English aliens — For international travellers

Different countries use the language of English in different ways. This may seem like a blindingly obvious statement but it is easier to say than to fully comprehend what this means in practice.

During my first trip to the East Coast of America, after I had got over the jet lag, I started feeling ill at ease. I did speak the same language but my words, my sentences, my grammar were alien to those around me. I truly felt like I was speaking a “foreign” language even though I was communicating in English to English speakers.

(I have subsequently learnt that many first timers from England to the East Coast, also experience this head on clash between normal everyday self-deprecation vs self-aggrandizement as it is expressed in conversation a bit of a shock. (My second trip was easier!)

If native English speakers can feel ill at ease speaking English on the opposite end of the planet, how must non-native English speakers feel? International non-native English speakers often obsess on mastering the technical components of a language, without realizing that this is not the only component that they need to master to ensure clear communication.

Different languages do not merely utilize a different set of sounds, signs and word order, they embody a different way of being in the world. (There is a lot of interesting science on how the brain is wired differently in different countries elsewhere).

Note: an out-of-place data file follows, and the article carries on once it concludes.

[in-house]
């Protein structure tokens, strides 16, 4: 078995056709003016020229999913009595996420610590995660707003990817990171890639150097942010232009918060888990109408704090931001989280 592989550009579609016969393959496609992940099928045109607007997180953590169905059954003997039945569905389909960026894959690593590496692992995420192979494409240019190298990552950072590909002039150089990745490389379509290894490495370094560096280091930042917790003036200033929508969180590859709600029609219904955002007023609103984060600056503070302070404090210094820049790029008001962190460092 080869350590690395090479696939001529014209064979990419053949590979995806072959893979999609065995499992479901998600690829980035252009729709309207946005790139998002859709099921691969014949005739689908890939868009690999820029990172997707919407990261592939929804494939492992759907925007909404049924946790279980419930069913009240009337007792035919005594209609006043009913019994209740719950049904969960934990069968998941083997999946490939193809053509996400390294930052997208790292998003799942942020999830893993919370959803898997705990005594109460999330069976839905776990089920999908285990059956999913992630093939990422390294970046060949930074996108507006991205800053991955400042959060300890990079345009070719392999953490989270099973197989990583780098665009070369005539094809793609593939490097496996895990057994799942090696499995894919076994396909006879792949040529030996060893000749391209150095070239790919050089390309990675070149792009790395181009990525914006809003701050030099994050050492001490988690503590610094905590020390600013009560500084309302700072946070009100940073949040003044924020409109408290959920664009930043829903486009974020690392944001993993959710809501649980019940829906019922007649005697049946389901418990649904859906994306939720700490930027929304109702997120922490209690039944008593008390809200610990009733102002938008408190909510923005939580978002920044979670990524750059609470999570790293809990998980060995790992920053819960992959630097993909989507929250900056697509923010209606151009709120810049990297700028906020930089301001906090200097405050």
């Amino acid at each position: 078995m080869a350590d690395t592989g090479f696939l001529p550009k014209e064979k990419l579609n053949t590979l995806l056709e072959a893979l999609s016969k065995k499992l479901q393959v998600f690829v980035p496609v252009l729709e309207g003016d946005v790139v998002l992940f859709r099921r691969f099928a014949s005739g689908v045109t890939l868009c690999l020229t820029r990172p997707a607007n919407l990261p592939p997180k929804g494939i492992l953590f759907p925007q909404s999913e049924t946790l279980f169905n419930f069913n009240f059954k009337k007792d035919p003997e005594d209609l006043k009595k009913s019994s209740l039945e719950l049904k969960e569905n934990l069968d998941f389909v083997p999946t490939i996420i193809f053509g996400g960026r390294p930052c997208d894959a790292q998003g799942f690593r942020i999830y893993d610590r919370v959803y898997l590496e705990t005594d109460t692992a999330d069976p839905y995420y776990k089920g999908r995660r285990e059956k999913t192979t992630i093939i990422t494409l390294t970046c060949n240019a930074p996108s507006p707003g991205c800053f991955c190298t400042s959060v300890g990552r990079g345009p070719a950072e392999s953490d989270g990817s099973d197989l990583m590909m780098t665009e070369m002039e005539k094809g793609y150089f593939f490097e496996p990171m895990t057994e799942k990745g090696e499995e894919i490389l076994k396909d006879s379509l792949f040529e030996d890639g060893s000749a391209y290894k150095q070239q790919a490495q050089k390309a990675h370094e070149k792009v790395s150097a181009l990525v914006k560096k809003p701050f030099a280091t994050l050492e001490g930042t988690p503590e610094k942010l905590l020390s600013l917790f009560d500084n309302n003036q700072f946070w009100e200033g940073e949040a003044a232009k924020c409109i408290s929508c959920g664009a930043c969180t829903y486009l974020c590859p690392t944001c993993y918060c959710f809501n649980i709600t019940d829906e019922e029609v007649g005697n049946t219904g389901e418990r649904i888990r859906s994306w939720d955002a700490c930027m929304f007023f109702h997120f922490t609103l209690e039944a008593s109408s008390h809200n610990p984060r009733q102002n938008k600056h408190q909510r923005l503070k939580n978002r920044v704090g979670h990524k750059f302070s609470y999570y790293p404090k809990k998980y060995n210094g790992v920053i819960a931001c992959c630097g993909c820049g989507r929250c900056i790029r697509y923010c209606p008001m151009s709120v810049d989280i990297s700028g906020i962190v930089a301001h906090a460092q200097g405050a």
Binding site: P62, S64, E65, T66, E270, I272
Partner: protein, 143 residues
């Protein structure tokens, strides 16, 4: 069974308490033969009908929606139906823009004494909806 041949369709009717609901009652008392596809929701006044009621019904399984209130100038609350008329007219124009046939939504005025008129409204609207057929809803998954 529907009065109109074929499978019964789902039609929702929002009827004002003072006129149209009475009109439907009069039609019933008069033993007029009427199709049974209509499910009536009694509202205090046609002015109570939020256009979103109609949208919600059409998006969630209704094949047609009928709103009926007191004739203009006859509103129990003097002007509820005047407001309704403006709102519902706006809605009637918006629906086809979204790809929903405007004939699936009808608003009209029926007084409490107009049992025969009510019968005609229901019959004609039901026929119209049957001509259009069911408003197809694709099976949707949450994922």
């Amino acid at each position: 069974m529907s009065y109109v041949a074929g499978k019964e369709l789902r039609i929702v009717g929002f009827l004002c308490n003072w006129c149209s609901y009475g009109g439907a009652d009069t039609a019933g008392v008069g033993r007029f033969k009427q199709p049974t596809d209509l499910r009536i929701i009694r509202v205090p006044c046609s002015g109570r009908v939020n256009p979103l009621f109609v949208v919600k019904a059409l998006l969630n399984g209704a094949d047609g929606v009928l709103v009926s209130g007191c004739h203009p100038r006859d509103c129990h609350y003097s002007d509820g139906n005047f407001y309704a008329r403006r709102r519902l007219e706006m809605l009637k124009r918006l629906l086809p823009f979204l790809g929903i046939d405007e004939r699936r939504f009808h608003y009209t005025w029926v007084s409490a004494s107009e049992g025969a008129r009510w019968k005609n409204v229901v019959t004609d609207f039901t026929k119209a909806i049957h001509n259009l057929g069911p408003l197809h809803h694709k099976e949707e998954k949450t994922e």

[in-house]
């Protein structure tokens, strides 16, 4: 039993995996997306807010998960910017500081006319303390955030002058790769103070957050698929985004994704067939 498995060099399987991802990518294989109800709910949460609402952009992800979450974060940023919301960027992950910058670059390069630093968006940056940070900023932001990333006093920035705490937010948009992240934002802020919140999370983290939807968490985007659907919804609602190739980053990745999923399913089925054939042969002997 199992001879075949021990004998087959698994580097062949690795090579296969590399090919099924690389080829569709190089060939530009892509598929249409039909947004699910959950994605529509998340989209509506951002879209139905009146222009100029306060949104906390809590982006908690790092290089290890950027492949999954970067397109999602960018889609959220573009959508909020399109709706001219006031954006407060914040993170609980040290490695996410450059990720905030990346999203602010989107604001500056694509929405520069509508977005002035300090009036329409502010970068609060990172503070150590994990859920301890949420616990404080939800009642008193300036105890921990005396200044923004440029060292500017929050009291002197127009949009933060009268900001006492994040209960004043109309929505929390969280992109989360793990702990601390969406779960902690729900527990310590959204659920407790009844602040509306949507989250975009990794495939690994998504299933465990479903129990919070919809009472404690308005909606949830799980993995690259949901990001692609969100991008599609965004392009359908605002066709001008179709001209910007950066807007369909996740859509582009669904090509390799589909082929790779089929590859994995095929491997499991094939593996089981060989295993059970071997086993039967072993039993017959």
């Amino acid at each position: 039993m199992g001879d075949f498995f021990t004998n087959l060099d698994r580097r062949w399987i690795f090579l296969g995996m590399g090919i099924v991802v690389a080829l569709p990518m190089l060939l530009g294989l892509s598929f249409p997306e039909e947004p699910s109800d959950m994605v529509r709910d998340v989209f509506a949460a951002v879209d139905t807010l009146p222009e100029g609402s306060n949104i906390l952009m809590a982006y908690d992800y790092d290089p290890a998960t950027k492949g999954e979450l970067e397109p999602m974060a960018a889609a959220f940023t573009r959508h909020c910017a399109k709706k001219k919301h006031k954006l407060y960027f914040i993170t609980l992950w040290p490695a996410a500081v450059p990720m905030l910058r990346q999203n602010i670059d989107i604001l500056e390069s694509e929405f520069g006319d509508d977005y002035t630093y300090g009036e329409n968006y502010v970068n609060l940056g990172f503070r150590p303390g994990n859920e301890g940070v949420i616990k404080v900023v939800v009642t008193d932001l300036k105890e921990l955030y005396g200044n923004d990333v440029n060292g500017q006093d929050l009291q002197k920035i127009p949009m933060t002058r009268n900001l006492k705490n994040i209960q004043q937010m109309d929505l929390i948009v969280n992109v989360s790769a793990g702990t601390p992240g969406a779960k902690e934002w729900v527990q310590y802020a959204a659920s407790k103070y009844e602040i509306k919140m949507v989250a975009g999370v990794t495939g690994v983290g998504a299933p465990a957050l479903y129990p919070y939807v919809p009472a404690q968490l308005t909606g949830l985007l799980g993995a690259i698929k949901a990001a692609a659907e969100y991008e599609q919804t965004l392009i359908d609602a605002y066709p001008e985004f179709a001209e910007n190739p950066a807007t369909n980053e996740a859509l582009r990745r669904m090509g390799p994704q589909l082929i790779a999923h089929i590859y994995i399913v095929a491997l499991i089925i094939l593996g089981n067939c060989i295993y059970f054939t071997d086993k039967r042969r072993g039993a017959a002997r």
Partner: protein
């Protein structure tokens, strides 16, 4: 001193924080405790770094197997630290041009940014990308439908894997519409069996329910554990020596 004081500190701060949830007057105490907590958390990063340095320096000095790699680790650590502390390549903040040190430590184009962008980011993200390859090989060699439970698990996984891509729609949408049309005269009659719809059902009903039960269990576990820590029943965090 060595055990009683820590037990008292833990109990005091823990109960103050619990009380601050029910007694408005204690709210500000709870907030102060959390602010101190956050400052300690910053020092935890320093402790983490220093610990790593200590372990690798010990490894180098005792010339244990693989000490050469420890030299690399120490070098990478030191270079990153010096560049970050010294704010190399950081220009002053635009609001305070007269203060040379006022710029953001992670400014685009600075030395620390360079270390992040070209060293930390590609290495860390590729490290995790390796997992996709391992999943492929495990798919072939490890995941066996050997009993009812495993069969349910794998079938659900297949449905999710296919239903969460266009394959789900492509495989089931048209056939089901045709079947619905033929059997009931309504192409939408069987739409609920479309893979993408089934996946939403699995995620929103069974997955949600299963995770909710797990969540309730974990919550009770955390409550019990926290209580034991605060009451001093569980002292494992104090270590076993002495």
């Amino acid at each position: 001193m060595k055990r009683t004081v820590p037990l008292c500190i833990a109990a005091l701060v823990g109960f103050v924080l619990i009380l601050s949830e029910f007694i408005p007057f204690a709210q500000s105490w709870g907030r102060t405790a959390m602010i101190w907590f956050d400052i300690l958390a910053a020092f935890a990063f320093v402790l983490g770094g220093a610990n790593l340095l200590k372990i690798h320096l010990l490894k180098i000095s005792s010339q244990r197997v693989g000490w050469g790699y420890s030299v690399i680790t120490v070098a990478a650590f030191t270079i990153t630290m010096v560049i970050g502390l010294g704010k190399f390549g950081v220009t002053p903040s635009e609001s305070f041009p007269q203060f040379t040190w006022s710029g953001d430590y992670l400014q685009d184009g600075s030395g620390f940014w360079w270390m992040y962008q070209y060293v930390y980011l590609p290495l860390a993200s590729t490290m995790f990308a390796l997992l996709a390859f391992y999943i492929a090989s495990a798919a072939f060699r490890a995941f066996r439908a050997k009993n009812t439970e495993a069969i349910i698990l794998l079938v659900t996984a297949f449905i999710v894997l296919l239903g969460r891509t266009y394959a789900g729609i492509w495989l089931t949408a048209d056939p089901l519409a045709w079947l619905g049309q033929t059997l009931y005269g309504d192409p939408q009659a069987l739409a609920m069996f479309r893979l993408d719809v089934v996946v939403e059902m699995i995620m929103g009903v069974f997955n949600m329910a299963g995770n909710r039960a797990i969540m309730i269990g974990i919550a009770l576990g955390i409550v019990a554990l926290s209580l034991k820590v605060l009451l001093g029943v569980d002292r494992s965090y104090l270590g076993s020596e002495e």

Recently when working with a South American student who is now living in Switzerland and highlighting the importance of clarity, rhythm, stress as well as word choice when communicating I realized that I had failed to convey a fundamental point.

The complex give and take that occurs in any real conversation can only occur from a standpoint of mutual respect, knowledge and understanding. A respect not only of another person’s point of view but also of how another person may choose to express that point of view.

Double Dutch? An example I used recently, which may illustrate this point would be to consider how different nationalities communicate a certain fact. For a moment, consider how four different people, from four different mother tongues, may tell you that it is raining outside — “Ah,” you say, “it all depends on their personality, their mood …etc.” The English person may choose to note that it is raining “again”, a Spanish person may state that it is “good for the land.” etc.

I am not a nationalist, at all, but I am making this point to illustrate the differences on how we communicate simple facts, as well as complex ideas, depending on where we are based.

A language does not just communicate a fact but it is also an embodiment of a philosophy. It may be a gross oversimplification but if we compare for example an English person’s tendency to complain with an American tendency to focus on the positive side of everything, these are not only 2 different uses of the English language in communication but also accepted ways of being, an accepted “normal” mode of communication.

Why am I laboring this point?